Miso is a fermented food with many health benefits. We have covered a lot on fermented foods and probiotics.
Fermented foods like miso are good sources of probiotics, a powerful healing force in the world of microbiology.
Table of Contents
- What is Miso?
- Nutritional and Health Benefits of Miso
- Health Benefits of Miso
- How to Consume Miso?
- How To Buy And Store Miso
- Risks and Side Effects of Miso
What is Miso?
Miso is used to add a salty flavor to many Japanese meals. Miso has been a common food in Japan since the 8th century. Some sources even date it earlier than this.
It is the key ingredient in Japanese cooking and it forms the base of miso soups and staple dish. Its texture is similar to peanut butter. Miso is a cultured mixture of grain (e.g. barley or rice), koji (a mold Aspergillus oryzae), salt, and soybeans.
During the time of fermentation, the enzymes in the Koji work together with the microbe in the environment to break down the structure of the grains and soybeans into simple sugars, fatty acids, and amino acids.
This fermented food comes in many varieties, it can be chunky or smooth. The length of fermentation also varies, it can be fermented for weeks to several years.
There are more than a thousand types of miso and the differences are in the texture, color, and flavor. These changes are caused by the length of fermentation, the condition in which the miso was kept, and the ingredients used.
Miso labeled “awase” is a mixture of more than one kind of miso paste. The most common types of miso are the white or light miso or the dark or red one.
The white or light miso is called sweet miso. It can be light beige in color and some are yellow in color. This type is lighter and sweeter because of its short fermentation time.
It is also made with more grains like white rice and fewer soybeans. The red or dark miso is light brown in color and some are almost black. It is fermented for a long period of time and has a stronger, saltier, and funkier taste.
This type is made with a higher content of soybeans and salt. Light-colored miso are best for sweets and light dressings while dark miso is good for stews and long braises.
Nutritional and Health Benefits of Miso
Miso has all the benefits of fermented foods. From the time it originated in ancient Japan, it has been used and it is still used till date to treat certain health conditions.
This includes stomach ulcers, inflammation, high blood pressure, and fatigue. Recent research has found miso highly effective against cancer.
It reduces the growth rate of cancer cells. Miso also supports optimum digestive health and reduces the levels of cholesterol. What makes miso therapeutic is its high content of cholesterol.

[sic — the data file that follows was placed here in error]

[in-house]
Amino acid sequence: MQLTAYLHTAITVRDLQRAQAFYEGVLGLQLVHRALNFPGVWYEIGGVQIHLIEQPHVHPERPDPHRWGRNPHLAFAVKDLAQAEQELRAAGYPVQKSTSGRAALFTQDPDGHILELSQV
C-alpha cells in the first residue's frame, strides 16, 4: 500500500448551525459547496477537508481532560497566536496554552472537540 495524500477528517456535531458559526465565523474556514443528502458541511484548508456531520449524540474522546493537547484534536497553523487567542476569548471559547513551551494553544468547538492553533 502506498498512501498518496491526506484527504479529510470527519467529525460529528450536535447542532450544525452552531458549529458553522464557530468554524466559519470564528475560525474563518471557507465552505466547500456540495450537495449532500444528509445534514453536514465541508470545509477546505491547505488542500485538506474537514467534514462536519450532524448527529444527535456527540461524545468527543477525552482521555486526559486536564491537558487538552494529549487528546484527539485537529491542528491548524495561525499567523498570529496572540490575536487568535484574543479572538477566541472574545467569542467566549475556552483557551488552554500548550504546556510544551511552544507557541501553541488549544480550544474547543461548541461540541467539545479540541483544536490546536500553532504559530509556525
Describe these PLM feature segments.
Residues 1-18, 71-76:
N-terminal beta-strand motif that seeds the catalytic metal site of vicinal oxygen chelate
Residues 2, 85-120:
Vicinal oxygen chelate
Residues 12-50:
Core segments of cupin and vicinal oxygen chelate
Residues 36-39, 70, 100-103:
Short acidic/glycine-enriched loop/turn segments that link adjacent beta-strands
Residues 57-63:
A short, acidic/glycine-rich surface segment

Just by reading the nutritional label of miso, you will know why this ingredient is healthy and good for you. One serving of miso is low in calories and high in protein, vitamin K, manganese, and fiber.
An ounce of miso paste contains the following nutrients:
- 56 calories
- 4% DV of iron (0.7 milligrams)
- 4 grams of carbohydrates
- 4% DV phosphorous (44.5 milligrams)
- 3 grams of protein
- 4% DV riboflavin (0.1 milligrams)
- 7 grams of fat
- 5% DV of zinc (0.7 milligrams)
- 5 grams of dietary fiber
- 6% DV of copper (0.1 milligrams)
- 43% DV of sodium (1,044 milligrams)
- 10% DV of vitamin K (8.2 milligrams)
- 12% DV of manganese (0.2 milligrams)
Miso also contains a small amount of magnesium, vitamin B6, selenium, calcium, and potassium.
Health Benefits of Miso
A storehouse of probiotics
Fermented foods contain live and active cultures. Miso is a fermented food and a rich source of probiotics.
People who are sensitive to lactose or dairy products can get their probiotics from miso and other cultured foods.
The probiotics in miso boost the population of beneficial bacteria in your gut. This, in turn, will increase your immunity and boosts digestion.
Probiotics have many amazing health benefits like:
- Controlling appetite
- Regulate mood and improves mental health
- Reduces your risk of obesity
- Improves cognitive health
- Reduces your incidences of allergies
- Fortify your immune system
- Boosts digestion
Your gut contains 80% of your immune system. Probiotics have a direct impact on your gut and this can help your immunity and overall health.
Probiotics ensure that your immune system is running well and strong.
Digestion is very important, our whole metabolism and body functions depend on healthy digestion of food.
The probiotics in miso prevent digestive problems induced by imbalances in the gut microflora. This includes diarrhea, irritable bowel syndrome, constipation bloating, and gas.
Probiotics even help relieve the symptoms of leaky gut syndrome, ulcerative colitis, and food allergies. These beneficial bacteria also cleanse your system and improve the ability of your body to heal from illnesses caused by gut issues.
Improves mental health
Miso contains B-vitamins, choline, and folate and these nutrients the function and development of the brain. Choline plays a very important role in the functions of your nervous system.